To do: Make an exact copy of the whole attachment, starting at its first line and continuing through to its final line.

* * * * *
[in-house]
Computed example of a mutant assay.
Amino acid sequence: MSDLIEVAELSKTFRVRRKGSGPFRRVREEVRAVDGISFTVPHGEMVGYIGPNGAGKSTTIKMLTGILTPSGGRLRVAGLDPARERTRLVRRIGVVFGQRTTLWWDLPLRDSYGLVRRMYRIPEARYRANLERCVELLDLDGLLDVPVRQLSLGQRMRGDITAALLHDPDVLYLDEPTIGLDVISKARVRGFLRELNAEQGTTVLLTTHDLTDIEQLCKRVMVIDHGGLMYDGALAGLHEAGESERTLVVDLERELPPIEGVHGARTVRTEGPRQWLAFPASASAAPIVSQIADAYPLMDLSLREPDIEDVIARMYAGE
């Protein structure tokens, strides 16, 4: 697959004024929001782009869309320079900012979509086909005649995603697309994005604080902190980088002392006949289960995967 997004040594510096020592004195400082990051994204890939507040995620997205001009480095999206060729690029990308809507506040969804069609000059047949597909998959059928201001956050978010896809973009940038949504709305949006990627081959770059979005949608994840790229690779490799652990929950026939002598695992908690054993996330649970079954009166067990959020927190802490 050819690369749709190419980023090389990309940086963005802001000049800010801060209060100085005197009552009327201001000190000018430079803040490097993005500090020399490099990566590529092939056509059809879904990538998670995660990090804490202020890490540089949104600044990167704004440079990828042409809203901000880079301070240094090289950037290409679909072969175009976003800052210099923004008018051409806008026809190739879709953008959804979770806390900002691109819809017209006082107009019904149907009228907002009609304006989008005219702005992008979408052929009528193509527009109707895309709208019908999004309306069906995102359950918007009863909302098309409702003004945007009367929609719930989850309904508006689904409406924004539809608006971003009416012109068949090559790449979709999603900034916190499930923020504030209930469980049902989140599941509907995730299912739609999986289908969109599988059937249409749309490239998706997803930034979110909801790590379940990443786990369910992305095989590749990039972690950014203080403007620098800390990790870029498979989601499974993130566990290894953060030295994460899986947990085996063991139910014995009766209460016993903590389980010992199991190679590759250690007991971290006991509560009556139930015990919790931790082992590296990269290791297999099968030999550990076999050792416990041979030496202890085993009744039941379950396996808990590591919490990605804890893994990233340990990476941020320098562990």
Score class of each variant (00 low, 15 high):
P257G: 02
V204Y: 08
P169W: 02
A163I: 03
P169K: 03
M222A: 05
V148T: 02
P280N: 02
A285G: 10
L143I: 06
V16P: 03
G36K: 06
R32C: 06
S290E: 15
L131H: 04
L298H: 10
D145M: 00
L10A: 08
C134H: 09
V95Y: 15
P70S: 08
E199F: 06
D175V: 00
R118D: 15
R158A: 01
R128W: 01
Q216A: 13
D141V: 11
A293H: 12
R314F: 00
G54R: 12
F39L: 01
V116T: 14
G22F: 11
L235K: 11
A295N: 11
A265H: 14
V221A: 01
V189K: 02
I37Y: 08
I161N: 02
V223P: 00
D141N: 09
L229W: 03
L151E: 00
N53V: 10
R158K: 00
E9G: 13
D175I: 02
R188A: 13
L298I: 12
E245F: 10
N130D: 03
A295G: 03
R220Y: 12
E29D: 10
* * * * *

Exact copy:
[in-house]
Computed example of a mutant assay.
Amino acid sequence: MSDLIEVAELSKTFRVRRKGSGPFRRVREEVRAVDGISFTVPHGEMVGYIGPNGAGKSTTIKMLTGILTPSGGRLRVAGLDPARERTRLVRRIGVVFGQRTTLWWDLPLRDSYGLVRRMYRIPEARYRANLERCVELLDLDGLLDVPVRQLSLGQRMRGDITAALLHDPDVLYLDEPTIGLDVISKARVRGFLRELNAEQGTTVLLTTHDLTDIEQLCKRVMVIDHGGLMYDGALAGLHEAGESERTLVVDLERELPPIEGVHGARTVRTEGPRQWLAFPASASAAPIVSQIADAYPLMDLSLREPDIEDVIARMYAGE
């Protein structure tokens, strides 16, 4: 697959004024929001782009869309320079900012979509086909005649995603697309994005604080902190980088002392006949289960995967 997004040594510096020592004195400082990051994204890939507040995620997205001009480095999206060729690029990308809507506040969804069609000059047949597909998959059928201001956050978010896809973009940038949504709305949006990627081959770059979005949608994840790229690779490799652990929950026939002598695992908690054993996330649970079954009166067990959020927190802490 050819690369749709190419980023090389990309940086963005802001000049800010801060209060100085005197009552009327201001000190000018430079803040490097993005500090020399490099990566590529092939056509059809879904990538998670995660990090804490202020890490540089949104600044990167704004440079990828042409809203901000880079301070240094090289950037290409679909072969175009976003800052210099923004008018051409806008026809190739879709953008959804979770806390900002691109819809017209006082107009019904149907009228907002009609304006989008005219702005992008979408052929009528193509527009109707895309709208019908999004309306069906995102359950918007009863909302098309409702003004945007009367929609719930989850309904508006689904409406924004539809608006971003009416012109068949090559790449979709999603900034916190499930923020504030209930469980049902989140599941509907995730299912739609999986289908969109599988059937249409749309490239998706997803930034979110909801790590379940990443786990369910992305095989590749990039972690950014203080403007620098800390990790870029498979989601499974993130566990290894953060030295994460899986947990085996063991139910014995009766209460016993903590389980010992199991190679590759250690007991971290006991509560009556139930015990919790931790082992590296990269290791297999099968030999550990076999050792416990041979030496202890085993009744039941379950396996808990590591919490990605804890893994990233340990990476941020320098562990």
Score class of each variant (00 low, 15 high):
P257G: 02
V204Y: 08
P169W: 02
A163I: 03
P169K: 03
M222A: 05
V148T: 02
P280N: 02
A285G: 10
L143I: 06
V16P: 03
G36K: 06
R32C: 06
S290E: 15
L131H: 04
L298H: 10
D145M: 00
L10A: 08
C134H: 09
V95Y: 15
P70S: 08
E199F: 06
D175V: 00
R118D: 15
R158A: 01
R128W: 01
Q216A: 13
D141V: 11
A293H: 12
R314F: 00
G54R: 12
F39L: 01
V116T: 14
G22F: 11
L235K: 11
A295N: 11
A265H: 14
V221A: 01
V189K: 02
I37Y: 08
I161N: 02
V223P: 00
D141N: 09
L229W: 03
L151E: 00
N53V: 10
R158K: 00
E9G: 13
D175I: 02
R188A: 13
L298I: 12
E245F: 10
N130D: 03
A295G: 03
R220Y: 12
E29D: 10